Further to the east where Bengal abutted on Cachar was another village of Portuguese descendant. The village of Bondashil, derived from Bond (= close) and Shill (= rock), on the south bank of the river Barak, was a mile distant from the more historic Badarpur. Just as the early history of Rangamati and Hossumpur is shrouded in mystery, so too, nothing definite is known to how and why the Christians of Bondashil came to stay and serve in Cachar. The tradition still prevalent among the people is that their ancestors had earlier served the principality of Sardhana under the dashing German adventurer Reihand and his charming wife Begum Sumru. Sardhana’s army of 5000 men was at one time put under the disposal of the Mughal emperor. When the Mughal Empire collapsed, a group of these soldiers may have left to secure military service as mercenaries in Sylhet and with the Cachar Raja.10


Meanwhile, the Burmese had entered Assam and planned a campaign to expand into Bengal via the Cachar state.  Raja Govinda Chandra appealed to the East India Company for help. Portuguese soldiers from Sylhet were sent in 1823-1824 to assist the Cachar Raja. These mercenaries entrenched themselves in Badarpur where a fort stood, and stayed further advance of the Burmese. When the Raja was restored as ruler, he rewarded the Christians by giving them land at Baniyachong in Sylhet. Some of the Firingis settled down at the new site; however, the larger umber remained on a Bondashil and gave it its distinctive feature.11


The earliest record of a priest visiting Bondashil was that of Freycinon in 1844.12 Then for many years, this community did not have any priest to minister to them till the Holy Cross Congregation included Sylhet and Cachar within their ecclesiastical jurisdiction. Their first priest to be ordained in Dacca, Fr. Benoit Adolphe Mercier, made a number of visits to Bondashil. Travelling upstream by boat from Dacca, he would continue his pastoral mission with visits to Cherrapunji, Shillong and Gauhati. Records show that he made a journey in 1860.13 The next year he accompanied Bishop Dufal of East Bengal to Bondashil and Sylhet where they admitted converts to the Catholic faith.14 Fr. Mercier was again in Bondashil in 1864 when he officiated at the marriage of John Anton and Maria Filghera. The ceremony took place on 23rd July 1864.15 The French priest made the circuit once more in 1868. His confreres, Frs. Aime Marie Fourmond and Bonnet, continued these visits in 1868 and 1869. In 1870 Fr. Fourmond took up permanent residence at Bondashil.16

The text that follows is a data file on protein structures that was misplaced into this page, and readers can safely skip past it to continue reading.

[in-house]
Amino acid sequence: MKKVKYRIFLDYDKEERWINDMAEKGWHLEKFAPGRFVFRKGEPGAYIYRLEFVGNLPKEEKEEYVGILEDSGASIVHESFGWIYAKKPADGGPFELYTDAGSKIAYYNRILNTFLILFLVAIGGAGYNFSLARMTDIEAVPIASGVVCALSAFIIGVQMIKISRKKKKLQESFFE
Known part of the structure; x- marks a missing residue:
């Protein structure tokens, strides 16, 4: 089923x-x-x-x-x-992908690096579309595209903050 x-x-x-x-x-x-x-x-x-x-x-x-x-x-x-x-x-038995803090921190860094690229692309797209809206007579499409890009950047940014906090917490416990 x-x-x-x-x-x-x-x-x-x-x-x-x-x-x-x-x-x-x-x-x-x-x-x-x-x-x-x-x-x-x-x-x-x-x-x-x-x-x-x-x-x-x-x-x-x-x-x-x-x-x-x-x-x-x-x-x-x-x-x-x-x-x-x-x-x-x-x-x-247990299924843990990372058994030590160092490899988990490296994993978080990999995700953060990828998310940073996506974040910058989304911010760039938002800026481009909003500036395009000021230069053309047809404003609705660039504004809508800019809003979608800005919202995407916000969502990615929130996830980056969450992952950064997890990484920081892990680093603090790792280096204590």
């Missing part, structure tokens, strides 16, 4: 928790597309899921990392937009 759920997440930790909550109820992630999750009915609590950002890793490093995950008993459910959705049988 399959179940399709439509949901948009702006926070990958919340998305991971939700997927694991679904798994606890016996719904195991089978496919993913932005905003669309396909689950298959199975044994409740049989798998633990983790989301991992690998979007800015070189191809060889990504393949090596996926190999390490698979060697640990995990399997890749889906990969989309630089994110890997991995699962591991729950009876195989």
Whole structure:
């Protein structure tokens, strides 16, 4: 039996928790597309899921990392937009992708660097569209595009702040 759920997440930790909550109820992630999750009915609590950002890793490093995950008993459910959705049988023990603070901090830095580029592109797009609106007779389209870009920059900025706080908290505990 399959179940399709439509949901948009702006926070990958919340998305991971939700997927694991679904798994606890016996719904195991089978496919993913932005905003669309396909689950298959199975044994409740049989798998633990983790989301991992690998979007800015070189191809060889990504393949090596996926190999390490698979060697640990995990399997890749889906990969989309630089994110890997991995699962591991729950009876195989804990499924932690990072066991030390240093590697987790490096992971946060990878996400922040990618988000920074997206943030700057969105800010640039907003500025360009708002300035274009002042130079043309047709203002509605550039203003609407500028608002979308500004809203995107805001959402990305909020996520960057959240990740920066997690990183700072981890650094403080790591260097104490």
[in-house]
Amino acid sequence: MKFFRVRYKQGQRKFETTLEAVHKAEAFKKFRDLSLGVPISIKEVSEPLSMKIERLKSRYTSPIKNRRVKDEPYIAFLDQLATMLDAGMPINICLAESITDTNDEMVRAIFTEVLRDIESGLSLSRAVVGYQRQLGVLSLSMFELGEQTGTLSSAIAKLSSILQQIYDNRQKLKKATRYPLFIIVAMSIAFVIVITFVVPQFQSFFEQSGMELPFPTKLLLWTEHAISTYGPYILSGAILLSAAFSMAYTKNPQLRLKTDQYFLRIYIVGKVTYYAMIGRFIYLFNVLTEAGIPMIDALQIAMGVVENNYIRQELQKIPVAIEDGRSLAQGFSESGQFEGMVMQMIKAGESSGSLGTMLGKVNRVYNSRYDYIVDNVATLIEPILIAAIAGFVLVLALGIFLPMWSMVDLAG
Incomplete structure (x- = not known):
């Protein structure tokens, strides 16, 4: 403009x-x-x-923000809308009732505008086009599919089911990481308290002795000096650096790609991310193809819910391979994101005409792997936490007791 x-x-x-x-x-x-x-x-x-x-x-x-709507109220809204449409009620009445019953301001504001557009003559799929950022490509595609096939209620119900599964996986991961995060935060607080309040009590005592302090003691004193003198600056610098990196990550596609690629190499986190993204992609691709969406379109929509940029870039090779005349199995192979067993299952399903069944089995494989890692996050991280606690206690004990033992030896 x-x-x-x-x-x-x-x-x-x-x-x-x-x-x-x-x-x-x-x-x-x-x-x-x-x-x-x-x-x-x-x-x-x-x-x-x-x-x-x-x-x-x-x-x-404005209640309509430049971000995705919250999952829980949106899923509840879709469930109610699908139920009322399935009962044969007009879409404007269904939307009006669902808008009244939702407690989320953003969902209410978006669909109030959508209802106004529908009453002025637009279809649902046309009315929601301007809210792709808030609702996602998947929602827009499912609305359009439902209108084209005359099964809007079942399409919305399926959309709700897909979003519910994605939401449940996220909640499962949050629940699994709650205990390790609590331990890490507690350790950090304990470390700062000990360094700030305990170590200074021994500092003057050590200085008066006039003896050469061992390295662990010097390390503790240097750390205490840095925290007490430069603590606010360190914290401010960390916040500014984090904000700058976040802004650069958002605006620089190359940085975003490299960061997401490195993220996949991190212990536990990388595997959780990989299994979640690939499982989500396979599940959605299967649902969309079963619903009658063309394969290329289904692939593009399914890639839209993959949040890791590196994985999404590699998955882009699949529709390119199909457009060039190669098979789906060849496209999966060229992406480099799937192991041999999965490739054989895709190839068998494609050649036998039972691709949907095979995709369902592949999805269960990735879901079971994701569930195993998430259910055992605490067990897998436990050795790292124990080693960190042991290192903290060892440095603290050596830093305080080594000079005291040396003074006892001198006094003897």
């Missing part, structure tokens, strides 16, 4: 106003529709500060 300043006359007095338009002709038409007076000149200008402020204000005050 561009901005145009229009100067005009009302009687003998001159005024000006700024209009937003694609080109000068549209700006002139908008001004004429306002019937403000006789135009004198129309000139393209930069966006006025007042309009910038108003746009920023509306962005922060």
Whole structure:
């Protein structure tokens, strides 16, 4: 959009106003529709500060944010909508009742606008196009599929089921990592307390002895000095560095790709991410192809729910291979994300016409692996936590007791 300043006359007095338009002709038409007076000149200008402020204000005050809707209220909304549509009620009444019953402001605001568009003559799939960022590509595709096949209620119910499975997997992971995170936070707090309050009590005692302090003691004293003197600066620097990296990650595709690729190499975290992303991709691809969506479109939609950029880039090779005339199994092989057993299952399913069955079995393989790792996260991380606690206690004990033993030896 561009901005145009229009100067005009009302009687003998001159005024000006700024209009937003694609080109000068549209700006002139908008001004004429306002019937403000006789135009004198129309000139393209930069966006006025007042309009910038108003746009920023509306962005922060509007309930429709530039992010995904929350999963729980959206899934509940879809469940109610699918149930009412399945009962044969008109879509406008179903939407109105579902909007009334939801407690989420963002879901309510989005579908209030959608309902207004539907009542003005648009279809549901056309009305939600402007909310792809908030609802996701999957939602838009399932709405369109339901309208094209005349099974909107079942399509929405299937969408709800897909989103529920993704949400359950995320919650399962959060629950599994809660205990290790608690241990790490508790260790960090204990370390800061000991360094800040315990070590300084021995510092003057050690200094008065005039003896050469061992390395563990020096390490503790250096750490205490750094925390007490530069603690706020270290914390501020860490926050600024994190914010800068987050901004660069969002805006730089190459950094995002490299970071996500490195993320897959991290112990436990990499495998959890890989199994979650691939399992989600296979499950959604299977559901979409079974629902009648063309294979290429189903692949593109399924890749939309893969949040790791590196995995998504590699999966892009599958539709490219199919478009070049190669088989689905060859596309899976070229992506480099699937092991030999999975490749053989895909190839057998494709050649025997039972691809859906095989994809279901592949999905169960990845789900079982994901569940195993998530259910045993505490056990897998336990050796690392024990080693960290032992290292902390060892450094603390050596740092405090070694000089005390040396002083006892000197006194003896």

Whereas there possibly could have been a connection between the Firingis of Rangamati, Hossumpur, Chiroto and Bondashil, the beginnings of a Portuguese and Catholic settlement at Mariamnagar in Tripura came from other exigencies. The history of this village is fairly well documented. King Amar Manikya first employed the Portuguese mercenaries of Chittagong and Noakhali in his army to ward off the Mughals of Arakan and the Chittagong hills adjoining his state. The state’s capital was then at Udaipur. When the capital was shifted north to Agartala around 1760, these Firingis, by then greatly reduced in number, settled down at cannoniers in the army and as cultivators in the rent-free land given to them. They called their village Mariamnagar.

The first Catholic priest to attend to these Christians was Fr. Ignatius Gomes, and he came in 1683. He writes that “the Christians were not much good, they were little more than baptized Hindus”.17 One hundred and sixty years later, Fr. Barbe, another French priest, who was pastor of Chittagong, discovered this colony of Christians in 1843. None of the villages had seen a priest in their lifetime; yet, “somehow they had kept their faith and baptized their children”. The priest found the community “very happy, and I may say their food is better, their dress more clean and their houses more comfortable than is the case among people who lived under the British flag”. He baptized four persons. He completed the baptism ceremonies for 78 persons who were already baptized. He blessed the marriage of four couples, and  regularized the marriage of fourteen others.18